Once you are divorced, your former spouse is usually not entitled to inherit any money from you upon your death. But can you protect your assets from your soon to be ex-spouse during a divorce, should you die during your divorce proceedings? Assuming you have a Last Will and Testament, and you left assets to your then-beloved spouse to protect him or her in the event of your death, contrary to what you may think destroying your Will is not a solution here. Why? It is because under the New Jersey probate law, if you are married and die without a Will (which is what will happen if you destroy your Will without creating a new one), a large portion of your assets, possibly even all your assets (both marital and non-marital), will pass onto your surviving spouse. Additionally, your surviving spouse will be entitled to be the Administrator of your estate. If you are in the middle of a divorce or even contemplating a divorce, this will likely be the last thing you would want. So if you do not want the person you are divorcing to receive all your assets, creating a new Will gives you a much better control over where your assets should go. It also allows you to pick your own Executor.
But note that even with a new Will, you usually cannot completely cut out your spouse mid divorce. Also, depending upon how far along you are in the process of your divorce, New Jersey’s Elective Share Statute may still allow your surviving spouse to claim up to 1/3 of your estate. Because even though you may be divorcing, as long as you are still married at a time of your death, your spouse is still entitled to some share of your assets. Even if your surviving spouse is unable to collect his or her elective share, the Court may then intervene if it thinks it would be inequitable to completely cut out your surviving spouse. A new Will then, does not serve as a tool to completely cut off your spouse, but rather it can limit and specify as to what share and which of your assets your spouse can claim. New will still gives you more control over your own affairs, as opposed to relying on your old Will or the Probate.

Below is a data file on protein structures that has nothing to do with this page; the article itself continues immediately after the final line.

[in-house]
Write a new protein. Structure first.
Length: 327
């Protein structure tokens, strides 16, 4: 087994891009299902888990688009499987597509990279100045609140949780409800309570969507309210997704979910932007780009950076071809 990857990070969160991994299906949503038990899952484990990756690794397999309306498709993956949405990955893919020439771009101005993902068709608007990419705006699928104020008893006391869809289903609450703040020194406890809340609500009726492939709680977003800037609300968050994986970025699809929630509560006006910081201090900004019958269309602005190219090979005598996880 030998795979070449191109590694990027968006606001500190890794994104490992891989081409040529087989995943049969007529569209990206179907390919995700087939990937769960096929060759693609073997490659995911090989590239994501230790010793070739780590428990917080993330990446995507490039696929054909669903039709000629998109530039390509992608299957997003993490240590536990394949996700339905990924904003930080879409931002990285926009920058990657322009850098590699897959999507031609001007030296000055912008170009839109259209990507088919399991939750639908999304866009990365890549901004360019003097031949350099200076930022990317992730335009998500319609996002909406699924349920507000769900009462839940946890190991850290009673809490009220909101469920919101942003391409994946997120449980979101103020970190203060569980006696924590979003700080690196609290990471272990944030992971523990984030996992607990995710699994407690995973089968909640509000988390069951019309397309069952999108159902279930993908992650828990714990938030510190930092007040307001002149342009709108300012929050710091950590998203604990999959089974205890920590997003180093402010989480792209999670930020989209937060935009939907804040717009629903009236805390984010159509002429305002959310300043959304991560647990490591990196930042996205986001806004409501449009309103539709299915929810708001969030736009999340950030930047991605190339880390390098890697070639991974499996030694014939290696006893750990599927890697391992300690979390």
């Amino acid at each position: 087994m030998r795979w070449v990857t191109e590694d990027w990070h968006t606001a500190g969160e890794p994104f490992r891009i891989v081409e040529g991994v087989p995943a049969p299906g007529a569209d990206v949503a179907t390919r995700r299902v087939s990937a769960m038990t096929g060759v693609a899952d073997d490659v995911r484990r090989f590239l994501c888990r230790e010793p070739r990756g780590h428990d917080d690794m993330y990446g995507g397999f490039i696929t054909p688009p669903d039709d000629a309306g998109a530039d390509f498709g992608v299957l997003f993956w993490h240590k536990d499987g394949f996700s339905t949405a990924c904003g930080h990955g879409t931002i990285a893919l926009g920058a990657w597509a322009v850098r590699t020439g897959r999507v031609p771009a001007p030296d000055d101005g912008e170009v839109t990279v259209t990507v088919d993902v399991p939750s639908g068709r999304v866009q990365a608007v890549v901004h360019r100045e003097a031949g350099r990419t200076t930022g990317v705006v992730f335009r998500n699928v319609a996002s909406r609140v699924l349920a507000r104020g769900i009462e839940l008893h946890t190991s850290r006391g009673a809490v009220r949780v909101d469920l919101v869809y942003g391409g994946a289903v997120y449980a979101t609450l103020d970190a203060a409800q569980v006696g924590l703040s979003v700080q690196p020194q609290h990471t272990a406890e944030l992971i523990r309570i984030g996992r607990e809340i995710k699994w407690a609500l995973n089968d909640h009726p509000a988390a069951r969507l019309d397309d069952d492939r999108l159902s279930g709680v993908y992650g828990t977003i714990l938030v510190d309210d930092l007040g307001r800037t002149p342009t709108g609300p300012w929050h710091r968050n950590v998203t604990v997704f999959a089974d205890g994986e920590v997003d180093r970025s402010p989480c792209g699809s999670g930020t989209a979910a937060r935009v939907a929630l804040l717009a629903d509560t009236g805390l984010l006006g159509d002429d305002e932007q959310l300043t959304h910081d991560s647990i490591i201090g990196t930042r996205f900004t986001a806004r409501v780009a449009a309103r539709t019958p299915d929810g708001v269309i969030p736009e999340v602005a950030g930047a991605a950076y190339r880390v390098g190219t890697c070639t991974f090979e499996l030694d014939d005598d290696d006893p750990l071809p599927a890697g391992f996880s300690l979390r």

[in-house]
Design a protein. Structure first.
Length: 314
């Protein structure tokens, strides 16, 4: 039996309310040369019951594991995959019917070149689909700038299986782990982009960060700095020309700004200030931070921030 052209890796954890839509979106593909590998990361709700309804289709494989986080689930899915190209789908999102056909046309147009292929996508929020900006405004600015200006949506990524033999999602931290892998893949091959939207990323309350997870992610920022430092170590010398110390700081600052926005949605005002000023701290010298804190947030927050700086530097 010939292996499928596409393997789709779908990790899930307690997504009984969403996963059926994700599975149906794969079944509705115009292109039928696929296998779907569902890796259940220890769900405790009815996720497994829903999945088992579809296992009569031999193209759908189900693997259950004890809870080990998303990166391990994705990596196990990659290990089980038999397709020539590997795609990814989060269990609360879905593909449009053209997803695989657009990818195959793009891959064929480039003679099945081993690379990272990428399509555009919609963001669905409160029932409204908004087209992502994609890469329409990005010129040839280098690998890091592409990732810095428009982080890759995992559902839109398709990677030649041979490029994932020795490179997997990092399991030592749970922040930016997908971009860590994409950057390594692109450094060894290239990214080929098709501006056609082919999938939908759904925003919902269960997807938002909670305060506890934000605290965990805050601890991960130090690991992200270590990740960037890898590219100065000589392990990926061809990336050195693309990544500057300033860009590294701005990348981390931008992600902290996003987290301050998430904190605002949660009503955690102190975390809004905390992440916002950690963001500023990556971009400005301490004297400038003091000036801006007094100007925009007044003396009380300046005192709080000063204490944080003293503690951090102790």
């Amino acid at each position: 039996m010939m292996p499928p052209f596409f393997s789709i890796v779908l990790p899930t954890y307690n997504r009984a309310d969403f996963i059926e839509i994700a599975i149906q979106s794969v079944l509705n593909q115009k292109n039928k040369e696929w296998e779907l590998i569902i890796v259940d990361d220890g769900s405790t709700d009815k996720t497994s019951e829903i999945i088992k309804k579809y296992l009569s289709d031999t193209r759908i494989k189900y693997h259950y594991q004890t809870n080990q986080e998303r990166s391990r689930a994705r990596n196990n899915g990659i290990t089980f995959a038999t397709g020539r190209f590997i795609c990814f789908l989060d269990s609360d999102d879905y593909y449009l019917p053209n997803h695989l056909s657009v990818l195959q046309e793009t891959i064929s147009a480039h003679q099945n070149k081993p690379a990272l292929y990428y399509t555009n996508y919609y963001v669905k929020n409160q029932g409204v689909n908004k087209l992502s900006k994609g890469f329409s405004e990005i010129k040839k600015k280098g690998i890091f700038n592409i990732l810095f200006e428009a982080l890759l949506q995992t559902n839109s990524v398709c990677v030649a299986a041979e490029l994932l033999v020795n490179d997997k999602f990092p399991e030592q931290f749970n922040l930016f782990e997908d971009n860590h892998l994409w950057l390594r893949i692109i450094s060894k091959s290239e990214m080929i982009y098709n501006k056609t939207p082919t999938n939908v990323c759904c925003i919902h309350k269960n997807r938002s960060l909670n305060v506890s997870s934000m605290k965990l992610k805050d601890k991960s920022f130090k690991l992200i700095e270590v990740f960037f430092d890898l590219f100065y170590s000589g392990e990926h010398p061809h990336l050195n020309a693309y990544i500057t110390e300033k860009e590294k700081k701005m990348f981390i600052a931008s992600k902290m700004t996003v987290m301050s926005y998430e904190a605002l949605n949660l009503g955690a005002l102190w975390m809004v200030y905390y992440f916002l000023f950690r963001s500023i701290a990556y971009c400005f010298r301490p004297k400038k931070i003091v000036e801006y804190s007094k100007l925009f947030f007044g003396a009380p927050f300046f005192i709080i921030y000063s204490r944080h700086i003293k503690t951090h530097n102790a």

In addition to writing a new Will, to further protect yourself you should consider adding certain provisions in your separation agreement whereby you and your spouse waive your right to claim the elective share. You can also add provisions for any life insurance, retirement plans and educational savings accounts owned by either you or your spouse.
When drafting a new Will, keep in mind that your choice of trustee or guardian for your children might also be affected by your divorce. For example, if you name a relative of your former spouse as a trustee, he or she may be ineligible to serve as a trustee of any trusts for your children unless clear instructions are provided. You may also wish to revisit your guardianship designations to make sure that they are still appropriate given your current and changing circumstances.
Finally, do not forget to speak with your parents and siblings about their own estate planning documents. If they have money passing to your spouse under the terms of their own Wills, or if you or your spouse are named as guardians, your family may wish to update their Wills as well to reflect their present wishes.